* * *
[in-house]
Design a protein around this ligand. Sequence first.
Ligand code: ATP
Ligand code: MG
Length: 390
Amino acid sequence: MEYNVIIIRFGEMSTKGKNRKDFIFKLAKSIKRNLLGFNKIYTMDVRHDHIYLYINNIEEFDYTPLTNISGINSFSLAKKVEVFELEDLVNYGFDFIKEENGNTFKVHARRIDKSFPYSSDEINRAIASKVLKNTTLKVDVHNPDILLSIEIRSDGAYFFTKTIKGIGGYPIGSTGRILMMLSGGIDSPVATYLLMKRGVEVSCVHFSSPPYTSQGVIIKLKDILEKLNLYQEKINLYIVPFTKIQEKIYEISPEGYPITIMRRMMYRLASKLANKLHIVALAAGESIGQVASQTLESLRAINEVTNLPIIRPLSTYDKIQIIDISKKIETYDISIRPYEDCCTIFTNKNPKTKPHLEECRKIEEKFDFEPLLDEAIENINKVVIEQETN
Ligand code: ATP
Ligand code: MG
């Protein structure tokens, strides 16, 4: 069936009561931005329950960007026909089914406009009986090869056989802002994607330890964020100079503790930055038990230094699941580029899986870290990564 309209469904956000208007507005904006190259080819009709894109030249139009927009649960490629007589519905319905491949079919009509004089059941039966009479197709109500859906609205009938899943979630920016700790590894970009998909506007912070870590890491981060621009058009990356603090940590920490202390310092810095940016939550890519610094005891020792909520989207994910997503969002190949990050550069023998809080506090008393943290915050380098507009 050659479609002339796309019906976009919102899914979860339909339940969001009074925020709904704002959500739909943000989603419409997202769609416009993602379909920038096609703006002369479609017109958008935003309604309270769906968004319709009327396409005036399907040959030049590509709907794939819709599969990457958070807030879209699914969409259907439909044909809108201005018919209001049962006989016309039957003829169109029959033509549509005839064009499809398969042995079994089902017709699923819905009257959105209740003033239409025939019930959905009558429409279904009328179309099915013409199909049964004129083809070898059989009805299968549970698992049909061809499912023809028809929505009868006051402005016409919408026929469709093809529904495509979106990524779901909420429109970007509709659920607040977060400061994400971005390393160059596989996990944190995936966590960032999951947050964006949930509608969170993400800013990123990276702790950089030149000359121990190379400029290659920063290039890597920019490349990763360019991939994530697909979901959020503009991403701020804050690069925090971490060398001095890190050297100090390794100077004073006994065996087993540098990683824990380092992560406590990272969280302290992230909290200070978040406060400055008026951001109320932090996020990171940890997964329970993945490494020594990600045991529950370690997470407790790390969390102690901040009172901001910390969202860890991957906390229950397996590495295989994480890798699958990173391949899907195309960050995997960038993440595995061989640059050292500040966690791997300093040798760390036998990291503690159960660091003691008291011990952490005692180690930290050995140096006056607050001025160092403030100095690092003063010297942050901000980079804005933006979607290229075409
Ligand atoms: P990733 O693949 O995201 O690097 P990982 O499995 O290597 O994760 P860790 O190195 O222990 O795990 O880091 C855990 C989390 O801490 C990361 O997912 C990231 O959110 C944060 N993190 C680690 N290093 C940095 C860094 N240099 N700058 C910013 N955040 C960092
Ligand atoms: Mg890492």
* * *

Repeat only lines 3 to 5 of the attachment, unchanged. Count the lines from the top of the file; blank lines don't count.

Ligand code: ATP
Ligand code: MG
Length: 390